“The Breakfast Club” was released in 1985 and was written & directed by John Hughes. It starred Anthony Michael Hall as Brian (the “Brain”), Emilio Estevez as Andrew (the “Athlete”), Ally Sheedy as Allison (the “Basketcase”), Molly Ringwald as Claire (the “Princess”), and Judd Nelson as John Bender (“the Criminal”). It follows one Saturday in the lives of 5 seemingly different high schoolers in detention who bond and discover that they share more similarities than they first thought.
Despite some of the 80’s clothing, music, and dialogue, this is a largely timeless film. Everyone can relate to at least one of these characters. It’s clear that this genre was always where John Hughes was most comfortable, and thanks to the R-rating, he was able to let loose a little more. He went to darker, more realistic places than he could with “Sixteen Candles” and “Ferris Bueller’s Day Off,” and the film’s all the better for it. Also, it’s a testament to John Hughes’ writing and directing abilities that the film is so moving and entertaining even though almost all of the scenes take place in one room, and the reason why it works so well is because of the characters.
A story is nothing without compelling characters, and when you have such phenomenal ones, you give yourself the opportunity to make a film with little plot, and instead focus on development and themes. High School is a brutal, confusing, stressful, and terrifying time in everyone’s life, and this film captures that perfectly. It covered the toxic competitiveness for academics, the bullying from jocks, and parental neglect.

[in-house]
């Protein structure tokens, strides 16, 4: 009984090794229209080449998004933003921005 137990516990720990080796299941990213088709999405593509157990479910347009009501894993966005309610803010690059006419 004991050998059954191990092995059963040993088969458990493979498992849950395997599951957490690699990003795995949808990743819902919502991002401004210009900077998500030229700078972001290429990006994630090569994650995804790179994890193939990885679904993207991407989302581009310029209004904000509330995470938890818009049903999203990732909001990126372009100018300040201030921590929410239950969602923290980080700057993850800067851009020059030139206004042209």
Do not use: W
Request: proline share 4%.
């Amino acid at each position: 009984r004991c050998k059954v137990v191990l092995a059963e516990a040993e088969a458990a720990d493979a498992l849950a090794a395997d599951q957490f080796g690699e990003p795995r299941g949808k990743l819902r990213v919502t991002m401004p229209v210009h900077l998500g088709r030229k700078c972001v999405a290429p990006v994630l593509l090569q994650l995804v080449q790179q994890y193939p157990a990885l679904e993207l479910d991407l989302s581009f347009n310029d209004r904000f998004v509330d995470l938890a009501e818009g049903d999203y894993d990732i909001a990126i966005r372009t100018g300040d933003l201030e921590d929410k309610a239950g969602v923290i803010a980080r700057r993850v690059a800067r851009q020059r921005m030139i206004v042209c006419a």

The film addresses these challenges through the characters’ struggles with their home life and their parents, which is really the connecting tissue between them that creates the Breakfast Club. One of the film’s most important messages is the significance of proper parenting. Parenting is an incredibly difficult task, but children, especially teenagers, need to be given adequate attention and empathy. Without those, teenagers like the 5 main characters of this film are the result.
There’s not much else I can say about “The Breakfast Club.” It’s simply a wonderful film that uses its complex characters to portray timeless themes which are some of the most meaningful in cinematic history. This film understood adolescence pitch perfectly, and it’s one of my favorite movies ever made.